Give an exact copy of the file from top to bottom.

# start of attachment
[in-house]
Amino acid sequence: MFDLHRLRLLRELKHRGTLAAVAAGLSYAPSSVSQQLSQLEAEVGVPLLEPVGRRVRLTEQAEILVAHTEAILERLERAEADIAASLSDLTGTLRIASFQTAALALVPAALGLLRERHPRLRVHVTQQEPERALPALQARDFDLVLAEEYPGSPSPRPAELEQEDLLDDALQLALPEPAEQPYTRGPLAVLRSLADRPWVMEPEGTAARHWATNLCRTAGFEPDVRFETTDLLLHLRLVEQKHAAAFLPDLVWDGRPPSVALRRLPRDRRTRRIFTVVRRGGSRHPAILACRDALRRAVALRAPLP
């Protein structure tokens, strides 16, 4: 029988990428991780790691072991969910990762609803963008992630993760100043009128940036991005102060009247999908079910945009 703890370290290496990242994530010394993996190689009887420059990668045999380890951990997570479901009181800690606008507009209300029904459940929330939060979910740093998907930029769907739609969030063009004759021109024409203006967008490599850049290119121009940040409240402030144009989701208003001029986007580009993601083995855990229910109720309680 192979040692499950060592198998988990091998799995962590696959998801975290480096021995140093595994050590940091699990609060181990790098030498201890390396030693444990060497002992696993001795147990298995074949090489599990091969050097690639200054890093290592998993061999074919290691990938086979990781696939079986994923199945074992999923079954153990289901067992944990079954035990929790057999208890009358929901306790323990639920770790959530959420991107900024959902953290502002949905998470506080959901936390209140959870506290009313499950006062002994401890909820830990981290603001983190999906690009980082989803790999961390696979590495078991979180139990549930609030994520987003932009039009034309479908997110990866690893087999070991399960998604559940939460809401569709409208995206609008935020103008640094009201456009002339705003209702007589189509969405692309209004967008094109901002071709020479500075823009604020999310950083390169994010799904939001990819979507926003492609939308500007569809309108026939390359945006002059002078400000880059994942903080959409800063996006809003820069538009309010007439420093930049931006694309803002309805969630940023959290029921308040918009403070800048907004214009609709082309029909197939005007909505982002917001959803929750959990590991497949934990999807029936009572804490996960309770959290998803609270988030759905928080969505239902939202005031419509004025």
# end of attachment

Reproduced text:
[in-house]
Amino acid sequence: MFDLHRLRLLRELKHRGTLAAVAAGLSYAPSSVSQQLSQLEAEVGVPLLEPVGRRVRLTEQAEILVAHTEAILERLERAEADIAASLSDLTGTLRIASFQTAALALVPAALGLLRERHPRLRVHVTQQEPERALPALQARDFDLVLAEEYPGSPSPRPAELEQEDLLDDALQLALPEPAEQPYTRGPLAVLRSLADRPWVMEPEGTAARHWATNLCRTAGFEPDVRFETTDLLLHLRLVEQKHAAAFLPDLVWDGRPPSVALRRLPRDRRTRRIFTVVRRGGSRHPAILACRDALRRAVALRAPLP
């Protein structure tokens, strides 16, 4: 029988990428991780790691072991969910990762609803963008992630993760100043009128940036991005102060009247999908079910945009 703890370290290496990242994530010394993996190689009887420059990668045999380890951990997570479901009181800690606008507009209300029904459940929330939060979910740093998907930029769907739609969030063009004759021109024409203006967008490599850049290119121009940040409240402030144009989701208003001029986007580009993601083995855990229910109720309680 192979040692499950060592198998988990091998799995962590696959998801975290480096021995140093595994050590940091699990609060181990790098030498201890390396030693444990060497002992696993001795147990298995074949090489599990091969050097690639200054890093290592998993061999074919290691990938086979990781696939079986994923199945074992999923079954153990289901067992944990079954035990929790057999208890009358929901306790323990639920770790959530959420991107900024959902953290502002949905998470506080959901936390209140959870506290009313499950006062002994401890909820830990981290603001983190999906690009980082989803790999961390696979590495078991979180139990549930609030994520987003932009039009034309479908997110990866690893087999070991399960998604559940939460809401569709409208995206609008935020103008640094009201456009002339705003209702007589189509969405692309209004967008094109901002071709020479500075823009604020999310950083390169994010799904939001990819979507926003492609939308500007569809309108026939390359945006002059002078400000880059994942903080959409800063996006809003820069538009309010007439420093930049931006694309803002309805969630940023959290029921308040918009403070800048907004214009609709082309029909197939005007909505982002917001959803929750959990590991497949934990999807029936009572804490996960309770959290998803609270988030759905928080969505239902939202005031419509004025």